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Beyond peak emission transfers: historical impacts of globalization and future impacts of climate policies on international emission transfers

Wood, R; Grubb, M; Anger-Kraavi, A; Pollitt, H; Rizzo, B; Alexandri, E; Stadler, K; ... Tukker, A; + view all (2019) Beyond peak emission transfers: historical impacts of globalization and future impacts of climate policies on international emission transfers. Climate Policy 10.1080/14693062.2019.1619507. (In press). Green open access

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Abstract

Globalization of supply chains has resulted in rapid increases in emission transfers from the developing to the developed world. As outsourcing has risen, developed countries have been able to decarbonize domestically, at the expense of increased emissions in developing countries. However, the rapid improvement of carbon efficiency in developing regions together with the post-2008 deceleration in international trade raises the question of whether such embodied emission transfers have peaked. Here we update historical analysis, finding that emission transfers between OECD and non-OECD countries peaked in 2006, and have been declining since. The reversal is principally due to the reduction in the emissions intensity of traded goods, rather than the volume of trade. A more recent decline in embodied emissions transfers is also observed in trade between developing countries. We analyse whether these trends are likely to continue, by exploring a baseline and a Nationally Determined Contribution (NDC) scenario with the Macro-ejconometric Energy-Environment-Economy Model (E3ME) model. The results suggest that absolute embodied emissions will plateau at current levels or slowly return to pre-2008- crisis levels, and differences between the NDC and baseline scenarios imply that NDC policies will not result in significant carbon leakage. However, the share of national footprint embodied in imports, at least for countries with ambitious decarbonization policies, will likely increase. This suggests that, despite the world-wide stabilization of emissions transfers, addressing emissions embodied in imports will become increasingly important for reducing carbon footprints. // Key policy insights: (1) Emissions embodied in imports have plateaued since 2006, and are unlikely to return to the peak of the mid-2000s. (2) For developed countries, as domestic decarbonization occurs, the share of emissions embodied in imports as a percentage of the total national carbon footprint will increase. (3) The Paris NDCs in themselves are unlikely to cause significant carbon leakage. (4) Climate policy will ideally focus on reducing both production and consumption emissions, through a variety of mechanisms, especially centred around international assistance.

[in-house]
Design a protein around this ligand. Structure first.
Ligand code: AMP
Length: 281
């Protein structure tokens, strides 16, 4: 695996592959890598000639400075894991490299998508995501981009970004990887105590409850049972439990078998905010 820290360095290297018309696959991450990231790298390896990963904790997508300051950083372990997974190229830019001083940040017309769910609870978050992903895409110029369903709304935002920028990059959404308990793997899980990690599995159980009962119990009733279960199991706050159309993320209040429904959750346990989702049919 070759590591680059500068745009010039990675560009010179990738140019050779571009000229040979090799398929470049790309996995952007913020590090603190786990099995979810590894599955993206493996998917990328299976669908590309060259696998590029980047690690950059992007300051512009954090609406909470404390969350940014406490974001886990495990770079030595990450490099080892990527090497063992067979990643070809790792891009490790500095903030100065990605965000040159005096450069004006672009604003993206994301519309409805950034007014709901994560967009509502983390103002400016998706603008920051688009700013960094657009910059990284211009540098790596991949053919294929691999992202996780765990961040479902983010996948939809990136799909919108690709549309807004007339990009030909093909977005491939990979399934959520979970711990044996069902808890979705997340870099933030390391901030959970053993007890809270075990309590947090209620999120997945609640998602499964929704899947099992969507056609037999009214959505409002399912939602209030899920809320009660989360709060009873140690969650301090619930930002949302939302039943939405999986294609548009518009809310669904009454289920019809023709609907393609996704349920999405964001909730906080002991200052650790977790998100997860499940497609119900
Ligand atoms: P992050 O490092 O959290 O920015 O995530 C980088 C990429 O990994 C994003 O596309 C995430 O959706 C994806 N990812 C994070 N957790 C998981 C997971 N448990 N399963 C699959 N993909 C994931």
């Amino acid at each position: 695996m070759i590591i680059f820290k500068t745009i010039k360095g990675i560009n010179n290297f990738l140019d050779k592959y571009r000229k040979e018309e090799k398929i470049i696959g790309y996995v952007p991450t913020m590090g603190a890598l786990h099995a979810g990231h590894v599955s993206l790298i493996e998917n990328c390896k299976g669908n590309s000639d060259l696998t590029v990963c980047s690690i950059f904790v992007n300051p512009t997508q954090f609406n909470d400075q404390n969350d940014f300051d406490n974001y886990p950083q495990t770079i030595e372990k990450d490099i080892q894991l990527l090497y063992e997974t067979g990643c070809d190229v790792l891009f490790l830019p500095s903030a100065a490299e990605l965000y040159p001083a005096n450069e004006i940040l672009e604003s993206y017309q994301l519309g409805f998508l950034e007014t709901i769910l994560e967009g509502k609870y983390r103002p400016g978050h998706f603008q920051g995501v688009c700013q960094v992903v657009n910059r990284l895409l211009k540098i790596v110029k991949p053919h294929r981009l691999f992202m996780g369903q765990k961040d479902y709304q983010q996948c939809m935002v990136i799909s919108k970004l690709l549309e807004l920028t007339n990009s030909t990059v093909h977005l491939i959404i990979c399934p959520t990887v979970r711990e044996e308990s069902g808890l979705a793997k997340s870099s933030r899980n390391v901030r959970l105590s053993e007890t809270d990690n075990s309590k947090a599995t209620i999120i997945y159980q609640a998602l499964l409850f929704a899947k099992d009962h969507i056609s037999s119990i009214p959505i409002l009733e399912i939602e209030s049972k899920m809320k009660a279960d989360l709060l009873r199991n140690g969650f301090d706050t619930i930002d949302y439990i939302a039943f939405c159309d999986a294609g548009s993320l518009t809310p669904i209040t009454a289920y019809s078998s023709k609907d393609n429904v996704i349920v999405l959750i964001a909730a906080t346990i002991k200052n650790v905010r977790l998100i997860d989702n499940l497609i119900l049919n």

Type: Article
Title: Beyond peak emission transfers: historical impacts of globalization and future impacts of climate policies on international emission transfers
Open access status: An open access version is available from UCL Discovery
DOI: 10.1080/14693062.2019.1619507
Publisher version: https://doi.org/10.1080/14693062.2019.1619507
Language: English
Additional information: © 2019 The Author(s). Published by Informa UK Limited, trading as Taylor & Francis Group. This is an Open Access article distributed under the terms of the Creative Commons Attribution License (http://creativecommons.org/ licenses/by/4.0/), which permits unrestricted use, distribution, and reproduction in any medium, provided the original work is properly cited.
Keywords: Consumption-based emissions, energy-environment-economy (E3) modelling, carbon footprint, multi-regional input-output, scenarios, NDCs
UCL classification: UCL
UCL > Provost and Vice Provost Offices
UCL > Provost and Vice Provost Offices > UCL BEAMS
UCL > Provost and Vice Provost Offices > UCL BEAMS > Faculty of the Built Environment
UCL > Provost and Vice Provost Offices > UCL BEAMS > Faculty of the Built Environment > Bartlett School Env, Energy and Resources
URI: https://discovery.ucl.ac.uk/id/eprint/10077665
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